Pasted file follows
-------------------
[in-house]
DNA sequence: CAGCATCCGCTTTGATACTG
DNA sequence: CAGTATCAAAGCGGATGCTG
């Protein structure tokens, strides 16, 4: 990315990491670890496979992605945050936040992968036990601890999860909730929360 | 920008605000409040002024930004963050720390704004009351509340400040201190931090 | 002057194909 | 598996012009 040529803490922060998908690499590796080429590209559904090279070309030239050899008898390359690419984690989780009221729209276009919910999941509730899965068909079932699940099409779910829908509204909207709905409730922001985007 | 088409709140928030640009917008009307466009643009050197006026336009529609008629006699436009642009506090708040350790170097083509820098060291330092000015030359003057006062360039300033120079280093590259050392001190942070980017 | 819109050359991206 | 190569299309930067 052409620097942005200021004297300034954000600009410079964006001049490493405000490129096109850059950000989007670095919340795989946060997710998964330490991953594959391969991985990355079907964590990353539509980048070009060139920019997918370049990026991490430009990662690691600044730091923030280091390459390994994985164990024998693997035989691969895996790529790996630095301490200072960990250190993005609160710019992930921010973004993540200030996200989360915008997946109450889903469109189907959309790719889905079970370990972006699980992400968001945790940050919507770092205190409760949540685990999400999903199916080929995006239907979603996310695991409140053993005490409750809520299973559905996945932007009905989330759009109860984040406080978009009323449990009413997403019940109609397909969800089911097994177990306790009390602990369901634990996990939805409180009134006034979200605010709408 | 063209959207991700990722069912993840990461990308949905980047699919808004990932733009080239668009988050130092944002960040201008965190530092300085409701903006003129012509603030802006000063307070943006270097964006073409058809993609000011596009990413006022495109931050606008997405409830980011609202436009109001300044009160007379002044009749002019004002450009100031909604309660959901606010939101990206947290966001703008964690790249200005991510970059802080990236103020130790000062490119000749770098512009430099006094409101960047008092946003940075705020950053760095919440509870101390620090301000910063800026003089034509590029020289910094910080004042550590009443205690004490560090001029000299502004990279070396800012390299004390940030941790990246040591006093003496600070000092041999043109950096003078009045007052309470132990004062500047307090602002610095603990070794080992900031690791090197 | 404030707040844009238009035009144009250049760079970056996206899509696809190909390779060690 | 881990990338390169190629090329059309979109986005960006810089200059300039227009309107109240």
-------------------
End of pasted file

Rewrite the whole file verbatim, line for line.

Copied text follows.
[in-house]
DNA sequence: CAGCATCCGCTTTGATACTG
DNA sequence: CAGTATCAAAGCGGATGCTG
């Protein structure tokens, strides 16, 4: 990315990491670890496979992605945050936040992968036990601890999860909730929360 | 920008605000409040002024930004963050720390704004009351509340400040201190931090 | 002057194909 | 598996012009 040529803490922060998908690499590796080429590209559904090279070309030239050899008898390359690419984690989780009221729209276009919910999941509730899965068909079932699940099409779910829908509204909207709905409730922001985007 | 088409709140928030640009917008009307466009643009050197006026336009529609008629006699436009642009506090708040350790170097083509820098060291330092000015030359003057006062360039300033120079280093590259050392001190942070980017 | 819109050359991206 | 190569299309930067 052409620097942005200021004297300034954000600009410079964006001049490493405000490129096109850059950000989007670095919340795989946060997710998964330490991953594959391969991985990355079907964590990353539509980048070009060139920019997918370049990026991490430009990662690691600044730091923030280091390459390994994985164990024998693997035989691969895996790529790996630095301490200072960990250190993005609160710019992930921010973004993540200030996200989360915008997946109450889903469109189907959309790719889905079970370990972006699980992400968001945790940050919507770092205190409760949540685990999400999903199916080929995006239907979603996310695991409140053993005490409750809520299973559905996945932007009905989330759009109860984040406080978009009323449990009413997403019940109609397909969800089911097994177990306790009390602990369901634990996990939805409180009134006034979200605010709408 | 063209959207991700990722069912993840990461990308949905980047699919808004990932733009080239668009988050130092944002960040201008965190530092300085409701903006003129012509603030802006000063307070943006270097964006073409058809993609000011596009990413006022495109931050606008997405409830980011609202436009109001300044009160007379002044009749002019004002450009100031909604309660959901606010939101990206947290966001703008964690790249200005991510970059802080990236103020130790000062490119000749770098512009430099006094409101960047008092946003940075705020950053760095919440509870101390620090301000910063800026003089034509590029020289910094910080004042550590009443205690004490560090001029000299502004990279070396800012390299004390940030941790990246040591006093003496600070000092041999043109950096003078009045007052309470132990004062500047307090602002610095603990070794080992900031690791090197 | 404030707040844009238009035009144009250049760079970056996206899509696809190909390779060690 | 881990990338390169190629090329059309979109986005960006810089200059300039227009309107109240």